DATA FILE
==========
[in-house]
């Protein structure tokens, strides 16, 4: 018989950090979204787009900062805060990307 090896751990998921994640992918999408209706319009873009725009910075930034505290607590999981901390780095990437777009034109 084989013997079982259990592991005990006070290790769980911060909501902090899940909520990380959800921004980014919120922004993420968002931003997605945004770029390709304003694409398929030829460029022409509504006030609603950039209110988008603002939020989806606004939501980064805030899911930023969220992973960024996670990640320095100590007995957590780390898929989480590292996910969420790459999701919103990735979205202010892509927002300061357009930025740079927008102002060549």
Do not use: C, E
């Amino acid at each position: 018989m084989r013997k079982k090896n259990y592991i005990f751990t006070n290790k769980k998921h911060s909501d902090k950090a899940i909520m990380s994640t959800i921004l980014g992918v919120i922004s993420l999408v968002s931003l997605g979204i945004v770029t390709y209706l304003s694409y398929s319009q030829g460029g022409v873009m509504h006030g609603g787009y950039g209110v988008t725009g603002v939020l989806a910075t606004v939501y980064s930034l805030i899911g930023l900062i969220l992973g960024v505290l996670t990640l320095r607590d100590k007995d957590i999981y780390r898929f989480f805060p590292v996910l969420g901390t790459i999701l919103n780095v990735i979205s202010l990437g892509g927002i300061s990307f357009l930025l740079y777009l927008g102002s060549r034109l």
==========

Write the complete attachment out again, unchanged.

[in-house]
């Protein structure tokens, strides 16, 4: 018989950090979204787009900062805060990307 090896751990998921994640992918999408209706319009873009725009910075930034505290607590999981901390780095990437777009034109 084989013997079982259990592991005990006070290790769980911060909501902090899940909520990380959800921004980014919120922004993420968002931003997605945004770029390709304003694409398929030829460029022409509504006030609603950039209110988008603002939020989806606004939501980064805030899911930023969220992973960024996670990640320095100590007995957590780390898929989480590292996910969420790459999701919103990735979205202010892509927002300061357009930025740079927008102002060549």
Do not use: C, E
């Amino acid at each position: 018989m084989r013997k079982k090896n259990y592991i005990f751990t006070n290790k769980k998921h911060s909501d902090k950090a899940i909520m990380s994640t959800i921004l980014g992918v919120i922004s993420l999408v968002s931003l997605g979204i945004v770029t390709y209706l304003s694409y398929s319009q030829g460029g022409v873009m509504h006030g609603g787009y950039g209110v988008t725009g603002v939020l989806a910075t606004v939501y980064s930034l805030i899911g930023l900062i969220l992973g960024v505290l996670t990640l320095r607590d100590k007995d957590i999981y780390r898929f989480f805060p590292v996910l969420g901390t790459i999701l919103n780095v990735i979205s202010l990437g892509g927002i300061s990307f357009l930025l740079y777009l927008g102002s060549r034109l």